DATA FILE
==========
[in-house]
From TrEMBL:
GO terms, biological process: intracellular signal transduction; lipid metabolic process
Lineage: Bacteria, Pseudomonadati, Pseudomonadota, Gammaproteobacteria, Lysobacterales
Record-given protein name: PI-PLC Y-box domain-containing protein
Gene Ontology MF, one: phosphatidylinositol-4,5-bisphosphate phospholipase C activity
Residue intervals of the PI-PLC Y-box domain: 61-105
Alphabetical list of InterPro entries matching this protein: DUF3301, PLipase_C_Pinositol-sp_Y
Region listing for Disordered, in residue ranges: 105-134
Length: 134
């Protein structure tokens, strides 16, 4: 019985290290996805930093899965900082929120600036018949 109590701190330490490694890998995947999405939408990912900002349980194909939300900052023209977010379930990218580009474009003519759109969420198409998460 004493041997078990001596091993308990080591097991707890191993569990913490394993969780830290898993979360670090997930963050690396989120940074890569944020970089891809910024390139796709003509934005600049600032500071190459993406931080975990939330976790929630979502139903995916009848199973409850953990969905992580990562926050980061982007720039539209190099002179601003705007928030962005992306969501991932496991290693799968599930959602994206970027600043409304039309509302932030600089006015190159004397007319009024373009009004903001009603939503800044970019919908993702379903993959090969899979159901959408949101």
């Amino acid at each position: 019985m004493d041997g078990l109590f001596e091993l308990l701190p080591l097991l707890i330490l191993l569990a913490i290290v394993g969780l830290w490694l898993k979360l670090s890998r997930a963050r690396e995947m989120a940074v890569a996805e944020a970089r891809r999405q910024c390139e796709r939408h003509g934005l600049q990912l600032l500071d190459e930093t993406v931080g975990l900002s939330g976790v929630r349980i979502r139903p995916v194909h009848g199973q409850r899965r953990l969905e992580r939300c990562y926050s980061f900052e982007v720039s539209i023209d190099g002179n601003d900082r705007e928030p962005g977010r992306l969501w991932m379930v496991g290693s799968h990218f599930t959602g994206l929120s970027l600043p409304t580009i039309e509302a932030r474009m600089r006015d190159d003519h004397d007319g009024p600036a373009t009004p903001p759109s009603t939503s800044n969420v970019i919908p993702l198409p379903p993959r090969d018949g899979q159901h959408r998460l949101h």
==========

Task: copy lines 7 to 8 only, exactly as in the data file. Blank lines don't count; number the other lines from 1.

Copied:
Residue intervals of the PI-PLC Y-box domain: 61-105
Alphabetical list of InterPro entries matching this protein: DUF3301, PLipase_C_Pinositol-sp_Y